Yellowstone National Park - 7/28/15 – Bunsen Peak & Goodbye – 4.2 Miles
Our last day in Yellowstone, eyeing Bunsen Peak from my original list of must-do’s, but sleeping in luxury delayed our start (until 7:15 a.m.) A sumptuous breakfast and real coffee dragged it out a little more. The overnight rain ushered in a cold front and a surprise: snow on the high mountaintops.
Interesting facts about Bunsen Peak: It is named for Robert Bunsen, inventor of the Bunsen burner. Bunsen Peak looms over Mammoth Hot Springs. The summit is 8,564 feet high. The trail up is 2.1 miles, gaining 1,300 feet of elevation, strenuous enough to get my attention. A weather station greet hikers at the top.
The frosty morning sent us searching for all our warm hiking gear. Still July! We hit the trail at 9:15 a.m.
The first mile wove through an area impacted by wildfires in 1988, numerous standing dead trees and new growth, similar to our hike yesterday to Fairy Falls. In a meadow a majestic doe exchanged glances with me before she melted away. From left: Trilobite Point, Dome Mountain and Antler Peak.
Each glance over the shoulder showed the big sky and the landscape expanding. Swan Lake in the center.
The last stretch consisted of tighter switchbacks over loose talus that we were now familiar with skating across. Awesome views at every turn. The hike felt effortless due to our slow pace and frequent stops.
Electric Peak in the center background
Are we there? Not yet. Bunsen Peak consists of three bumps. The weather station and hut at the first bump are not the true summit. This photo was taken by a young woman we met at the hut. She was chaperoning a group of teenagers from Alabama. Small world: she's a teacher at an elementary school in Charlotte, helping out her father who worked with the group.
Electric Peak straddles the state line of Montana and Wyoming, dominating the western view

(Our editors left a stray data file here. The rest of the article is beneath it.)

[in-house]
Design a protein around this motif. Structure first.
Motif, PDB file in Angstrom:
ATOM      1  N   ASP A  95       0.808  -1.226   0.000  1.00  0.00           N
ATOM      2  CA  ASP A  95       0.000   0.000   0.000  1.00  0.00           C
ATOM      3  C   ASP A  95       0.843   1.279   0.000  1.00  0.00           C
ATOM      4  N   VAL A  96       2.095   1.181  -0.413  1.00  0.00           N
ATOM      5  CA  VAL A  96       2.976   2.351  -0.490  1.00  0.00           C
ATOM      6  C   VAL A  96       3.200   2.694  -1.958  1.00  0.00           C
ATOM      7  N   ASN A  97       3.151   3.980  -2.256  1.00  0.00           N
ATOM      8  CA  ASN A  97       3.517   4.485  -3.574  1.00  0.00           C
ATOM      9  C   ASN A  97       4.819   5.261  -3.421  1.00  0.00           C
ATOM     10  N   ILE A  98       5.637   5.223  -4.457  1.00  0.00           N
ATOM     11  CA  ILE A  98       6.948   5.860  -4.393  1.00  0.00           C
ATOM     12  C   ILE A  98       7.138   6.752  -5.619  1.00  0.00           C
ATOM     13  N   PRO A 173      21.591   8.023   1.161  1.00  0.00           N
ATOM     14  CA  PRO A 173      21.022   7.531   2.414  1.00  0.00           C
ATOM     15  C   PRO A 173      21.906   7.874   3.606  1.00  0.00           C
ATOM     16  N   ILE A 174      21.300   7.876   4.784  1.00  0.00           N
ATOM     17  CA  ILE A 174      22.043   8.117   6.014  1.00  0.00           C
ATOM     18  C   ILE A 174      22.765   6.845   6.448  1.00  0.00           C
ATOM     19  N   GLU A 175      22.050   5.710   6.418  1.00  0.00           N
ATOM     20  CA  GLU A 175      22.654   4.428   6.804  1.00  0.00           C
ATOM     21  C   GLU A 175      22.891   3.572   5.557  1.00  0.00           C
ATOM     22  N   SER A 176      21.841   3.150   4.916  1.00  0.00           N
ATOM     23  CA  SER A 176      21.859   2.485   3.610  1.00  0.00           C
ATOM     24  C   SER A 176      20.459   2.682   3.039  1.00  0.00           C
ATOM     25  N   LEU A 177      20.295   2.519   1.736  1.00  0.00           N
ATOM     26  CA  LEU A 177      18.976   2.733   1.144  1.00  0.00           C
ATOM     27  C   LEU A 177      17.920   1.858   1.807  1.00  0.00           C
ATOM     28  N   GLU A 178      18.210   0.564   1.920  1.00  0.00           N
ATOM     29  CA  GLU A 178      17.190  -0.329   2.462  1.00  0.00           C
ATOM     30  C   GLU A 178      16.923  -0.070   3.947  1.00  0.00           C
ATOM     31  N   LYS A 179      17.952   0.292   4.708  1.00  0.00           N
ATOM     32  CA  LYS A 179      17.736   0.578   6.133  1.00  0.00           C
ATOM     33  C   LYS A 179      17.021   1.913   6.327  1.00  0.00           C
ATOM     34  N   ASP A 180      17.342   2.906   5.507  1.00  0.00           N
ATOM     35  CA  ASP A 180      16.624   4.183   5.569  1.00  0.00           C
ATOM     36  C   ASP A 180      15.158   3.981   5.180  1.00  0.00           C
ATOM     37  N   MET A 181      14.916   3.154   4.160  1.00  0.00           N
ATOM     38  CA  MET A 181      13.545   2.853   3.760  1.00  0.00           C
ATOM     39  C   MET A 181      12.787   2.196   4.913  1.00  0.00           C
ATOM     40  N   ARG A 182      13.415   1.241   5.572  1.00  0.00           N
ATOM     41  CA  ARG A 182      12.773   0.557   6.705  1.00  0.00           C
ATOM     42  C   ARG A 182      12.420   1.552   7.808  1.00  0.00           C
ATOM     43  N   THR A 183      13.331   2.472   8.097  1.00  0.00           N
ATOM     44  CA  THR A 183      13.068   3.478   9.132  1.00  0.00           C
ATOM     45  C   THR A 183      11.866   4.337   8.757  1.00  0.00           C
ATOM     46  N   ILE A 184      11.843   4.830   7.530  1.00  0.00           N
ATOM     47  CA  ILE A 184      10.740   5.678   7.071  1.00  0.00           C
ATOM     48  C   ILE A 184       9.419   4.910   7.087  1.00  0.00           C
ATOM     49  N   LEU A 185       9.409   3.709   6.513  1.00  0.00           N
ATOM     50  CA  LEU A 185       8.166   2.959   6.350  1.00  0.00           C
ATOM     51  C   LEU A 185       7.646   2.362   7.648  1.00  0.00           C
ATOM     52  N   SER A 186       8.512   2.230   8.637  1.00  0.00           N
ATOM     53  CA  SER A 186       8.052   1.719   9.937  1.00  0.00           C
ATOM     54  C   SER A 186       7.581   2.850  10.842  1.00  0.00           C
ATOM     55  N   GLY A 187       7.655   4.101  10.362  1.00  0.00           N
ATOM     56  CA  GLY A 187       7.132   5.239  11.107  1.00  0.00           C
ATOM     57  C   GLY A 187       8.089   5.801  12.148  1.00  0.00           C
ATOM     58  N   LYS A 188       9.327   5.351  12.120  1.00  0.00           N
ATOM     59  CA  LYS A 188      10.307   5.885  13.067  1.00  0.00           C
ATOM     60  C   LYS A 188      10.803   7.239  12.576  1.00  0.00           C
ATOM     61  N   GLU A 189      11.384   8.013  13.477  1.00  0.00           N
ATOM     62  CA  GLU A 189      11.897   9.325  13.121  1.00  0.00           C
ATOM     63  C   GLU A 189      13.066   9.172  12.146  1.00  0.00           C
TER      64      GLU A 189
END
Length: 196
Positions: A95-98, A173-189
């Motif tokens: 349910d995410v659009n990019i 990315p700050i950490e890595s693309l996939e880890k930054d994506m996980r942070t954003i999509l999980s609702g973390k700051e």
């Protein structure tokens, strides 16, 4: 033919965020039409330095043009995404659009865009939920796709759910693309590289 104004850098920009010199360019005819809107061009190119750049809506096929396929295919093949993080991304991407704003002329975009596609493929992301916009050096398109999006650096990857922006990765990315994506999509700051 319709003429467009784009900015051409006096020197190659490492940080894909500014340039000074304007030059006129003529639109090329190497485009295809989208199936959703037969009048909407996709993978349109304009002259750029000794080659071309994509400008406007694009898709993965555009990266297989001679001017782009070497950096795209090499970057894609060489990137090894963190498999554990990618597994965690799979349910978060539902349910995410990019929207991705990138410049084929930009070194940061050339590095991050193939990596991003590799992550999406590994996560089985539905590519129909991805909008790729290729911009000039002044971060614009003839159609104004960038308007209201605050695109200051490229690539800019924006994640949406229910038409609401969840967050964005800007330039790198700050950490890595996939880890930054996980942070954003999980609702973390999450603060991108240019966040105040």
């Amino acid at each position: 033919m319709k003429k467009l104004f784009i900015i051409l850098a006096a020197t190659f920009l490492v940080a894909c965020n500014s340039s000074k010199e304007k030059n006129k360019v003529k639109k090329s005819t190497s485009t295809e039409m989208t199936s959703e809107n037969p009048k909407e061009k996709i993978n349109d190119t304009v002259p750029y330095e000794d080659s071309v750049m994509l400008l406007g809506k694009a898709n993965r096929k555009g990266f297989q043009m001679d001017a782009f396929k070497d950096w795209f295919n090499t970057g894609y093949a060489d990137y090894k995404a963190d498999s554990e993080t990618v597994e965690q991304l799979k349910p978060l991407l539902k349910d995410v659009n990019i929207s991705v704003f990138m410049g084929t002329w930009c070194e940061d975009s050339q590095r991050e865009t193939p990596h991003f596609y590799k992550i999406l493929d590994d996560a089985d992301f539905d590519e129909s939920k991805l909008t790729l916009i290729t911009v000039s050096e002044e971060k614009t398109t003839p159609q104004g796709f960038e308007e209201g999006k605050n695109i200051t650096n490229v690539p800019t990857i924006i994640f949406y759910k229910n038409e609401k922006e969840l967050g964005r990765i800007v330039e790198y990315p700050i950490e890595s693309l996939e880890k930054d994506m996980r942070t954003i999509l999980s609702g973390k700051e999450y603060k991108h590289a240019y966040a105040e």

Looking at Electric Peak
We spent more than an hour scrambling around on the summit, soaking up the view that we may never see again, taking photo after photo trying to capture the feeling. On the hike down I felt reflective and a little sad to be leaving when there is so much more to explore in Yellowstone.
We spent our last hour in the Park on the lower boardwalk terraces of Mammoth Hot Springs, back with the crowds, but I’m glad we took the time to see Minerva Terrace.
At the Visitor Center I bought a photography book and we donated the bear spray we had purchased (did I mention that we finally did that?) to the backcountry office. Can’t take it with you, so might as well give it to the rangers.
Last look: a placid elk at Mammoth Hot Springs
The drive back to Bozeman was more scenic than I remembered, plus today we enjoyed snow-covered peaks. Hint: Take Highway 540, the East River Road that parallels Highway 89, to get closer to the mountains.
We stayed at a hotel in Belgrade, MT to be as close as possible to the airport for our early morning departure. Looking for a local restaurant, we found the Desert Rose, all organic, natural grass-fed beef (one of their suppliers is a local all-female run ranch). The steaks were tremendous and the blueberry-huckleberry pie with ice cream was the exclamation point at the end of an extraordinary vacation.
In the hotel parking lot we purged our teeny red rental car, threw out the trash, and donated our tailgate chairs to Goodwill.
How do you summarize Yellowstone National Park? You can't. Just…go.
"I do not bring back from a journey quite the same self that I took." ~W. Somerset Maugham